Posts Tagged ‘sci-fi’

I didn’t really know what I was doing when I set out to make my first space train, so I just kind of jumped right in. Here are some things I learned along the way.


Unit HH-78 #15 Mad-Max style model locomotive

* Do a Google image search to get ideas and what style you are attracted to. A consistent style helps sell the realism, even on a fantasy train.

* Choose your genre – fantasy, sci-fi, steam punk, apocalypse, etc. Post apocalyptic is best for straight up Mad Max style.

* Familiar yet different. If things are too wild and crazy, people won’t be able to relate to it. You’ll want to start with something that resembles a train at it’s essence, but is different enough to suggest it comes from another world or era. For North Americans, models from other countries can look, well, foreign. Continental Europe models can be a good place to start looking.

* Asymmetry is your friend. Nothing says “last minute addition” like a piece off-center, or on just one side of the vehicle. You have 3 axis of possible symmetry. Abuse them all.

* Stick to earth (muted) tones and the predominate color on your planet. Similar pieces can be painted different colors to give the impression they come from different “sets” or locations..

* Add sheets of metal (I used Evergreen corrugated) for defensive protection.

* Add crude weapons of offense like guns, spikes, bombs, etc.


Profile of a science fiction model train engine HH-78 #15 with upgrades in place

* Not all pieces will fit. Chop them off to make them fit, or just have them take a precarious position. This can give the impression that the builders had to make do with what was at hand.

* Think outside the box – horizontally as well as vertically. Armaments and supplies just tacked onto the sides especially give that rough-and-ready feel. Most people forget about expanding out over the track. Watch your clearances if you plan to operate your model.

* Always keep an eye out for little containers, covers, tops, from around the house like your kitchen or bath. By now you have recognized the back of the disposable razor heads on my model. Stationery supplies are also possibilities.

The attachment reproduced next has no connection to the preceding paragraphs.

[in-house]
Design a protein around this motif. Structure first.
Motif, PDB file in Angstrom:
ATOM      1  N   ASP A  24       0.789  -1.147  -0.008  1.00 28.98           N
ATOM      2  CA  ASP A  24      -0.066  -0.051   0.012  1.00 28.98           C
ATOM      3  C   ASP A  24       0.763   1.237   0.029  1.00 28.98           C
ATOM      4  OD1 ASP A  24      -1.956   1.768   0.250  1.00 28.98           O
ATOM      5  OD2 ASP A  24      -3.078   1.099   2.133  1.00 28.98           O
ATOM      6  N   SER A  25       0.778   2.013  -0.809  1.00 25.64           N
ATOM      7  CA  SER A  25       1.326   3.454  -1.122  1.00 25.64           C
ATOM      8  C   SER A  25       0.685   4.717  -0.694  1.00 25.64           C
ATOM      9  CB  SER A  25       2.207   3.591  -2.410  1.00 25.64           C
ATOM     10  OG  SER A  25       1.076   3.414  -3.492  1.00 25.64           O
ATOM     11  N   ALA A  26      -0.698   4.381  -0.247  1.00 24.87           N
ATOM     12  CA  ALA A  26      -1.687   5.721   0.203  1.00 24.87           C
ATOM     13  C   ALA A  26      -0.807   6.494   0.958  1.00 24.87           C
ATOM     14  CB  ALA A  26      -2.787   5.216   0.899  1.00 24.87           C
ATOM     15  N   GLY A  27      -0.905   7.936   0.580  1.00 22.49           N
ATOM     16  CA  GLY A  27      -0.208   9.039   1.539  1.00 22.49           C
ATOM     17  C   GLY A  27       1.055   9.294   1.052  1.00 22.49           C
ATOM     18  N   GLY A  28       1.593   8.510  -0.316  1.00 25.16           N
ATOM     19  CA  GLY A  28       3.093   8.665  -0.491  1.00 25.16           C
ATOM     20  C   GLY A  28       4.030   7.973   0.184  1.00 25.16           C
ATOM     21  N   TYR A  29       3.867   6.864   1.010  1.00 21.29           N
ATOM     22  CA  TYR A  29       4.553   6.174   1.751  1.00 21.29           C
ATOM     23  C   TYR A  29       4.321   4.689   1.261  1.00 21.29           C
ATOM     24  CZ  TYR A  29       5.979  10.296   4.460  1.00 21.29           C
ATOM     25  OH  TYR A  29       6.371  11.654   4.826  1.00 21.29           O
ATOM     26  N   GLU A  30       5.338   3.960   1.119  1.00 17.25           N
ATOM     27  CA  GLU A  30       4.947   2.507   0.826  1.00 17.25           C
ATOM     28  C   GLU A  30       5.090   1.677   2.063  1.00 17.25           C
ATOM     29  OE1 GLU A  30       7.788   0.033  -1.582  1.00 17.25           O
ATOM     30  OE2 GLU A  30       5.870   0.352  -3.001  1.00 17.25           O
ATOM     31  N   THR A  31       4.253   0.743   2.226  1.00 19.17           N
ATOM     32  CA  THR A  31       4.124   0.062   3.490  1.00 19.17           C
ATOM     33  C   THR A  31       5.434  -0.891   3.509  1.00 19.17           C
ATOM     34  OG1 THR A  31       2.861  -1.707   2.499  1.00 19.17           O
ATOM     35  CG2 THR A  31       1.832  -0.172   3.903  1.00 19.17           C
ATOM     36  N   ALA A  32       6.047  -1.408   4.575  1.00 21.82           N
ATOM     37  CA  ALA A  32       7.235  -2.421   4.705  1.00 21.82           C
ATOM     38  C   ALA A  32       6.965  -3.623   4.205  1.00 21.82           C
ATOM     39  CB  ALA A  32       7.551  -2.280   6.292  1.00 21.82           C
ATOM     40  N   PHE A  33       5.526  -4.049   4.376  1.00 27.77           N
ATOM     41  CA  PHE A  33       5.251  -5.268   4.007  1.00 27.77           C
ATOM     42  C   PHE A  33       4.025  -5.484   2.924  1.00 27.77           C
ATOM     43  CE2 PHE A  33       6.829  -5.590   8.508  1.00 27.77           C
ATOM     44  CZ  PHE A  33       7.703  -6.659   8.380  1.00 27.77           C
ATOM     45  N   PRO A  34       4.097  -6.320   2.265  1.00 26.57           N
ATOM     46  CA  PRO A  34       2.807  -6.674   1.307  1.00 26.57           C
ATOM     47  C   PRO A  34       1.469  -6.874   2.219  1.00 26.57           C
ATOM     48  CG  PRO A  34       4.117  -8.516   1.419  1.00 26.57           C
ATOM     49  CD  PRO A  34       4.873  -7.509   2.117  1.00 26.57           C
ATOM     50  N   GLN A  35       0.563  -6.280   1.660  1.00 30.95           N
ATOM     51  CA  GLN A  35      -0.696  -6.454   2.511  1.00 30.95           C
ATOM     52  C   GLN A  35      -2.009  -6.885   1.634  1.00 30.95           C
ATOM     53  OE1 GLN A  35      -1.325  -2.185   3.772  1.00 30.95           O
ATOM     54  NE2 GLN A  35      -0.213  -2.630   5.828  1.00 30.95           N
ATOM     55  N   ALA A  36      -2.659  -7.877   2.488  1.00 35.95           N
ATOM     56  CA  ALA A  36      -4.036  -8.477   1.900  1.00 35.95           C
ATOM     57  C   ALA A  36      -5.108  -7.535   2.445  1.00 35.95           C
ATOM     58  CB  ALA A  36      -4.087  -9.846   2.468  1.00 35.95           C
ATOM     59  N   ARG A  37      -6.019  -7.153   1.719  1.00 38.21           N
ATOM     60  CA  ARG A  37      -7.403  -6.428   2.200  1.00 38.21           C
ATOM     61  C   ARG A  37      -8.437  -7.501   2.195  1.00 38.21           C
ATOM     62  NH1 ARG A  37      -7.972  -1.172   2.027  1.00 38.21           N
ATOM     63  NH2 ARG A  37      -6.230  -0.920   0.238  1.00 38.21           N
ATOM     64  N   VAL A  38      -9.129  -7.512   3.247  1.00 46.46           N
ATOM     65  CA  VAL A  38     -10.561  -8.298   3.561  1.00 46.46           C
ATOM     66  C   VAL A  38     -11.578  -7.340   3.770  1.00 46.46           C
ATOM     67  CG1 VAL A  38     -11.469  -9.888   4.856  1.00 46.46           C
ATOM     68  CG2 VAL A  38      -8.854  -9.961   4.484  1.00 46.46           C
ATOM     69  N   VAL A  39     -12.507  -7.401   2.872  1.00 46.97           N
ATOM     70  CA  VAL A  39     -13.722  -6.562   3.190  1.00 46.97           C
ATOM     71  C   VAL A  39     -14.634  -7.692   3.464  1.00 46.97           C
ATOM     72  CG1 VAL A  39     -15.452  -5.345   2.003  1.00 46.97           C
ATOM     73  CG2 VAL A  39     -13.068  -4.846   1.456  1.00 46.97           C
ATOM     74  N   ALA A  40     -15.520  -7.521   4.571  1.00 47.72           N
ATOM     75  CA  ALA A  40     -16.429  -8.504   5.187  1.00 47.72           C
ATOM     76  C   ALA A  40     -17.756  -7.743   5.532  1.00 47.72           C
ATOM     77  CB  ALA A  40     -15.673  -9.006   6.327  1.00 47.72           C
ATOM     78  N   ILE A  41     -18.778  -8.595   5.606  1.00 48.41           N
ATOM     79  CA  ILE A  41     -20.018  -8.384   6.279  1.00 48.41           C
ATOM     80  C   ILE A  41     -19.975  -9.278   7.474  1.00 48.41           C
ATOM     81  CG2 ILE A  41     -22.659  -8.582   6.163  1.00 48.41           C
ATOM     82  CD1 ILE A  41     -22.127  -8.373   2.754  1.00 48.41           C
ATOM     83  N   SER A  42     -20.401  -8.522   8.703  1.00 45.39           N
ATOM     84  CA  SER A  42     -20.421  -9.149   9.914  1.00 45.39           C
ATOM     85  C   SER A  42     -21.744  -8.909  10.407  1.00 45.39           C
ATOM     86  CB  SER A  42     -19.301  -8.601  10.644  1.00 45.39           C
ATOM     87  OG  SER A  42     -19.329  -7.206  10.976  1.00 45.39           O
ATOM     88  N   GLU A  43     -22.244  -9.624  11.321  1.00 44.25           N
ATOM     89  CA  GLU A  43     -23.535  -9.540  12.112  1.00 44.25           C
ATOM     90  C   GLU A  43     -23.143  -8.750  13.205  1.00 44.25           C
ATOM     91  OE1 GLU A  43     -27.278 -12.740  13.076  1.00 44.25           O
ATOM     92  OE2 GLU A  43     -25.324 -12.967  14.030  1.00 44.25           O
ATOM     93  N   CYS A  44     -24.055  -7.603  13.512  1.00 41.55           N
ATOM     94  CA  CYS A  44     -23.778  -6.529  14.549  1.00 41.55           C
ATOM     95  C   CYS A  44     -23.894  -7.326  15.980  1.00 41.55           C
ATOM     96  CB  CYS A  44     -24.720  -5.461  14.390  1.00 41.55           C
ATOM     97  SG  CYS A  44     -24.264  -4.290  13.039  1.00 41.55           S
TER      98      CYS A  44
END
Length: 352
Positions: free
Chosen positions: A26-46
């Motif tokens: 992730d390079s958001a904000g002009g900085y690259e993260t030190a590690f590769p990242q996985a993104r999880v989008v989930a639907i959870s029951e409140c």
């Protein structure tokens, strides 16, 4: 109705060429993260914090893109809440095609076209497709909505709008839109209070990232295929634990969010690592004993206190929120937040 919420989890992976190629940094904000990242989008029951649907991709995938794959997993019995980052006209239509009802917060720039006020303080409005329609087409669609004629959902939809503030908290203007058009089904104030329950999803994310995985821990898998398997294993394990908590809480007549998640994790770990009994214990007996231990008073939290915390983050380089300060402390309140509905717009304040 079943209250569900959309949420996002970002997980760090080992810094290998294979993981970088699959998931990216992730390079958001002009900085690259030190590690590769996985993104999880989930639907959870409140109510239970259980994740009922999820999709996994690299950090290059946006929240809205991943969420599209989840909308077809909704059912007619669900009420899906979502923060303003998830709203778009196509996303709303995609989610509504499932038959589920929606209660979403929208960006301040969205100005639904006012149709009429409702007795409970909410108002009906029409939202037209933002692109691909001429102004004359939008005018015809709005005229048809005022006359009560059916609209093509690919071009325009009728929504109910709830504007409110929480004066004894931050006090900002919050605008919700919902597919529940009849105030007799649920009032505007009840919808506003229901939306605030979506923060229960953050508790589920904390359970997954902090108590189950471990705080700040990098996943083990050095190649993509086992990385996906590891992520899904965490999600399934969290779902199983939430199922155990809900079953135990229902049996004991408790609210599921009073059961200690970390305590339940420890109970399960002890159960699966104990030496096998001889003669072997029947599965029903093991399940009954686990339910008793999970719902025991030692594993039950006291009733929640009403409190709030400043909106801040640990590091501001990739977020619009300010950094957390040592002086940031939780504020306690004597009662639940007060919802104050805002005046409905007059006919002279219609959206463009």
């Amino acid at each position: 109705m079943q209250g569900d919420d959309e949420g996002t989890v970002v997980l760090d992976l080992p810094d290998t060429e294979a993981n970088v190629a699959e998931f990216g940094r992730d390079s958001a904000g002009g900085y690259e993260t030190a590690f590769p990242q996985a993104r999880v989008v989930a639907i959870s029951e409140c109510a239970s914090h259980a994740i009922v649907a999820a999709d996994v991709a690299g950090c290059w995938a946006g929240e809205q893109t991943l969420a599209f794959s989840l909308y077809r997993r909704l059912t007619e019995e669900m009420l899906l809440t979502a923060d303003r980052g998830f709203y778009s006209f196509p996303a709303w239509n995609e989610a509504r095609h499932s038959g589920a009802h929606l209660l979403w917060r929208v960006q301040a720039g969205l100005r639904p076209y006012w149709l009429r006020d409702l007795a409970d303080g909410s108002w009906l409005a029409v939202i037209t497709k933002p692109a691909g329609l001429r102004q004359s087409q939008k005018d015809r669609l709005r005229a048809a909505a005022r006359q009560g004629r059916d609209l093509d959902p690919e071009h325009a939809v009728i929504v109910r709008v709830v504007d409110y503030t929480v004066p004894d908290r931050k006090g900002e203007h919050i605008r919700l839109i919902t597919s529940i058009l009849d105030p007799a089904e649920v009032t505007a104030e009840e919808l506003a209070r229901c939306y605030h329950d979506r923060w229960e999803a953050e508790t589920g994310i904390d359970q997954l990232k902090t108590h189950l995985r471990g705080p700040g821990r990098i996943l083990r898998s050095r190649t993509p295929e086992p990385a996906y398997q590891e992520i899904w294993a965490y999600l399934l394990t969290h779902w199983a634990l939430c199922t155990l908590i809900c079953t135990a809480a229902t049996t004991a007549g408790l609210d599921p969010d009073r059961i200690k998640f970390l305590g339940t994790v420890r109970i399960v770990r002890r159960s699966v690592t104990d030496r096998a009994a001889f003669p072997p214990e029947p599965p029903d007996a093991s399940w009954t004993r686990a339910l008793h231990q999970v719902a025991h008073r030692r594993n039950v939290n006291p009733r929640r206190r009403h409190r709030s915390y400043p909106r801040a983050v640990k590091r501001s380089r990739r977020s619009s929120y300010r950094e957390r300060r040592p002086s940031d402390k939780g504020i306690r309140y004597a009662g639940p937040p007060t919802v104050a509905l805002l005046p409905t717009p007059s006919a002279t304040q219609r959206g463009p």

* Check the toy section of your favorite store for specific add-ons like guns, lasers, robots, etc. Some movie branded items can be quite expensive and may not be worth it. The local dollar store and charity shops have provided some nice finds.

* Matchbox accouterments can be quite good. Construction vehicles can be especially useful. Don’t be afraid to chop or take apart a new model. Hot Wheels has some wild stuff, but I find Matchbox more “realistic”. Hot Wheels with some modifications might fit your genre.

* Less is more. Don’t add too many different things that might detract from the overall look.

* Most of my “upgrades” I added with the body attached to the frame. This helps fragile pieces from falling off. Test that you can remove the shell again for cleaning and maintenance.

* Don’t be afraid to try something or damage your model on the outside. If something breaks, it might be for the better. That’s an opportunity for an aged piece or even a patch job.

* Graffiti gives that rag-tag feel. I keep mine minimal, general, and non offensive. Decals or free-hand, up to you.

* Weathering counts and can tie everything together. Do it in “layers”, each after a set of pieces has been added like might happen in the prototype. Standard techniques apply: dry brush, air brush, chalks, and washes.

* Appropriate figures can help bring the unit to life when you have finished or for photography.

* Have fun!

Sci-fi Train locomotive engine